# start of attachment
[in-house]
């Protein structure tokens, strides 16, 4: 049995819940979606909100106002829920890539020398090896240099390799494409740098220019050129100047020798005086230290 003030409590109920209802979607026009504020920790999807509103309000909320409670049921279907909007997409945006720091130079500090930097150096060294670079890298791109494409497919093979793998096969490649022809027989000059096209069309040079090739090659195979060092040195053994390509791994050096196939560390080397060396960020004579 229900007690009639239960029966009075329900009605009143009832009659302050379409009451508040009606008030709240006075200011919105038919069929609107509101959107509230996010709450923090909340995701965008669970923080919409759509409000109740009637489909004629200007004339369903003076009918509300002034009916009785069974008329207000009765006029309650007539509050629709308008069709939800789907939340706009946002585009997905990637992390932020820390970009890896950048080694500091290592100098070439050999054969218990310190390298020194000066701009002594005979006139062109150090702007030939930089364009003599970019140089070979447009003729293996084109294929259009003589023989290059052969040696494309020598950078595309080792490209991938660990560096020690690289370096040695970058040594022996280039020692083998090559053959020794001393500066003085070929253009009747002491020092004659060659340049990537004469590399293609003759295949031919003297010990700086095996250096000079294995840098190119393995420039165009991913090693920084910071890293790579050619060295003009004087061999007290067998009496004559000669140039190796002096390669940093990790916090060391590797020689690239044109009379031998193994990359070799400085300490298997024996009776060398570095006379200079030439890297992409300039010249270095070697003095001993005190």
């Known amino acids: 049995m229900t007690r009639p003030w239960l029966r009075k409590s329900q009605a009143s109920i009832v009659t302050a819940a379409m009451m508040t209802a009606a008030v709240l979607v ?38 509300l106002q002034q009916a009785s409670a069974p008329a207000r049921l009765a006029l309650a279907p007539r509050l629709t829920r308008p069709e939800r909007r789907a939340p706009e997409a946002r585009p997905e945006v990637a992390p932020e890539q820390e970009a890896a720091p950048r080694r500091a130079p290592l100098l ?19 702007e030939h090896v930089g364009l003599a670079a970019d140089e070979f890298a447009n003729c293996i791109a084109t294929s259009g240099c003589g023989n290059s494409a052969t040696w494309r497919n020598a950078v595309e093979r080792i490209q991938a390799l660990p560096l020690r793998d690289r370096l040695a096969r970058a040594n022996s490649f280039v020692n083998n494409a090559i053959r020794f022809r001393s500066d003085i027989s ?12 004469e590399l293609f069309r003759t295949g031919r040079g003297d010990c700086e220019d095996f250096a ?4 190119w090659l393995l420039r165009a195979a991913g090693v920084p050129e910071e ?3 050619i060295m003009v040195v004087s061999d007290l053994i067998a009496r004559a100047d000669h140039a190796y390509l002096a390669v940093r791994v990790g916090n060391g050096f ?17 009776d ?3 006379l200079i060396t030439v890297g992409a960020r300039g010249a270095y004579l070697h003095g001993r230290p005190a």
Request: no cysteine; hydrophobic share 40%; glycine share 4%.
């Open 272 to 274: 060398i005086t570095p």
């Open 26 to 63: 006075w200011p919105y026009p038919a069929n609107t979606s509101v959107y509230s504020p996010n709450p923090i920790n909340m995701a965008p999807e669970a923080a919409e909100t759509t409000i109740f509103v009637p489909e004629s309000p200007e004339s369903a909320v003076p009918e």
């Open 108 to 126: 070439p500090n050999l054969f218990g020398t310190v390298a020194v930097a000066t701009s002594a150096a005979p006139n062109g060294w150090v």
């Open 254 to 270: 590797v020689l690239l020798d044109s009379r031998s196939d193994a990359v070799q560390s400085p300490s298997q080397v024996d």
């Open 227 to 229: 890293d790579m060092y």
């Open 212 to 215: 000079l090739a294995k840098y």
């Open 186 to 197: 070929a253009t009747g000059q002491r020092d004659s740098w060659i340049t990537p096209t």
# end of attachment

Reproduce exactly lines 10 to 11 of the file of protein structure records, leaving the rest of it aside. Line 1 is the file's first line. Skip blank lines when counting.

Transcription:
């Open 212 to 215: 000079l090739a294995k840098y």
């Open 186 to 197: 070929a253009t009747g000059q002491r020092d004659s740098w060659i340049t990537p096209t």